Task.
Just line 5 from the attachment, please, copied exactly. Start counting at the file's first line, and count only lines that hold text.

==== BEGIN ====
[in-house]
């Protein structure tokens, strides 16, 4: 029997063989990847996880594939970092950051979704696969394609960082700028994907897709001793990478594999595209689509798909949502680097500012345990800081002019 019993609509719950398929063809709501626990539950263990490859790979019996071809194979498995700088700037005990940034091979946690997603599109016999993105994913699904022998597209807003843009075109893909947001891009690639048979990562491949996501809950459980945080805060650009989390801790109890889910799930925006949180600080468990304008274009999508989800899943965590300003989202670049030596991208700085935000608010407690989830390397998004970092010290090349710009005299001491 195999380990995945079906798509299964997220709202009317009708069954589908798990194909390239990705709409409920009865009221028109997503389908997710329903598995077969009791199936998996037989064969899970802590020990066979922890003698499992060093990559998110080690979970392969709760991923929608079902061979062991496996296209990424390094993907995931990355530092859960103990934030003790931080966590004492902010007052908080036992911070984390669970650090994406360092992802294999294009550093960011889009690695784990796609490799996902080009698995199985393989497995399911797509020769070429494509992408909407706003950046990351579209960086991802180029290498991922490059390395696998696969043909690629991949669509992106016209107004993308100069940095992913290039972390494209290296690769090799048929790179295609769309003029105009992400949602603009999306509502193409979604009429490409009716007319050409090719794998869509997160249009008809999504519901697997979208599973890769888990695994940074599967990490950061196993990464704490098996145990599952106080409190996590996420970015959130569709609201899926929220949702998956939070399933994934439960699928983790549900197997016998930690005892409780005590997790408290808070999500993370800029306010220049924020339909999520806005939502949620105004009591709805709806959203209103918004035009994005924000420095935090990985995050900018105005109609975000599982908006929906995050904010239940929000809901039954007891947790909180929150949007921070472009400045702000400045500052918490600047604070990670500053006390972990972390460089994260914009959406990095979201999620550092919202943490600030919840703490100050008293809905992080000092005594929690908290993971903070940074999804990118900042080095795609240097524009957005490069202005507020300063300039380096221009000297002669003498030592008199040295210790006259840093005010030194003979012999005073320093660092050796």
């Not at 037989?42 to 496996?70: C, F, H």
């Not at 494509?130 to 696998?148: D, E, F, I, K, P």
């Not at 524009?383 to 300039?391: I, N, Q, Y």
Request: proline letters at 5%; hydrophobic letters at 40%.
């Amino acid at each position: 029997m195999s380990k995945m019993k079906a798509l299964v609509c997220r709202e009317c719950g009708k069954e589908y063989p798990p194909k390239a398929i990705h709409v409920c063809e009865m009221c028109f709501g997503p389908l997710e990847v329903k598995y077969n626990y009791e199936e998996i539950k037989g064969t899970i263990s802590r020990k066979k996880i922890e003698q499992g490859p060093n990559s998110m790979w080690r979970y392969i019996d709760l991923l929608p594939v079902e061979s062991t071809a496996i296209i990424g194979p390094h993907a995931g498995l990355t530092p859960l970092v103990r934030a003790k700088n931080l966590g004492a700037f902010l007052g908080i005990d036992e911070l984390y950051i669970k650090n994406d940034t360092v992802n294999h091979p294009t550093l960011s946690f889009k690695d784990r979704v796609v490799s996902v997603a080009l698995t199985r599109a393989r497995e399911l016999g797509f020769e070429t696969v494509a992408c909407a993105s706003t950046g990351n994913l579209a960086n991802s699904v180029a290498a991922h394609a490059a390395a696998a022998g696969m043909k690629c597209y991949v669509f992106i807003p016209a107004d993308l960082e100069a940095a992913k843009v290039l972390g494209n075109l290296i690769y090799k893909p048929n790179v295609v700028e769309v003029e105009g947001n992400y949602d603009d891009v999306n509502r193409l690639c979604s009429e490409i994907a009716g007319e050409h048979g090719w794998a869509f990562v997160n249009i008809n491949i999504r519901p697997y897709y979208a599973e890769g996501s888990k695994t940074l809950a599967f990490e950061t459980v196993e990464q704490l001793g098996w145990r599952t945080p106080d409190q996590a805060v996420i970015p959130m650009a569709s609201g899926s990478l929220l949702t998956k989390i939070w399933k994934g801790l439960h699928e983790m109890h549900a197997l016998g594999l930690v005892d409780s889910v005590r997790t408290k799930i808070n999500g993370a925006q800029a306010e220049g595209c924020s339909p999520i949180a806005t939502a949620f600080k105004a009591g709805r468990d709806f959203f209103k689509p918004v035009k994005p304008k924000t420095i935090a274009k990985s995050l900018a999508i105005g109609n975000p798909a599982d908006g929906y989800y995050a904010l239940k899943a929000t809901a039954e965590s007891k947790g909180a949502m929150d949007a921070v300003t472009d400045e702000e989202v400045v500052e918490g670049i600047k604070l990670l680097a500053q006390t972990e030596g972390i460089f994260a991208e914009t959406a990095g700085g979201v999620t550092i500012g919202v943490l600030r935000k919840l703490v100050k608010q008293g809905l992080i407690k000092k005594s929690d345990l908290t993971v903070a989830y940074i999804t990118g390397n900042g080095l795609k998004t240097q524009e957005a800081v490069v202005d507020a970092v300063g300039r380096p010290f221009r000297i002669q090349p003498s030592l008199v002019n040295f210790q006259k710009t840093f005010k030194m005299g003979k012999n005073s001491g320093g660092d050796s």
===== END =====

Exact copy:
């Not at 524009?383 to 300039?391: I, N, Q, Y």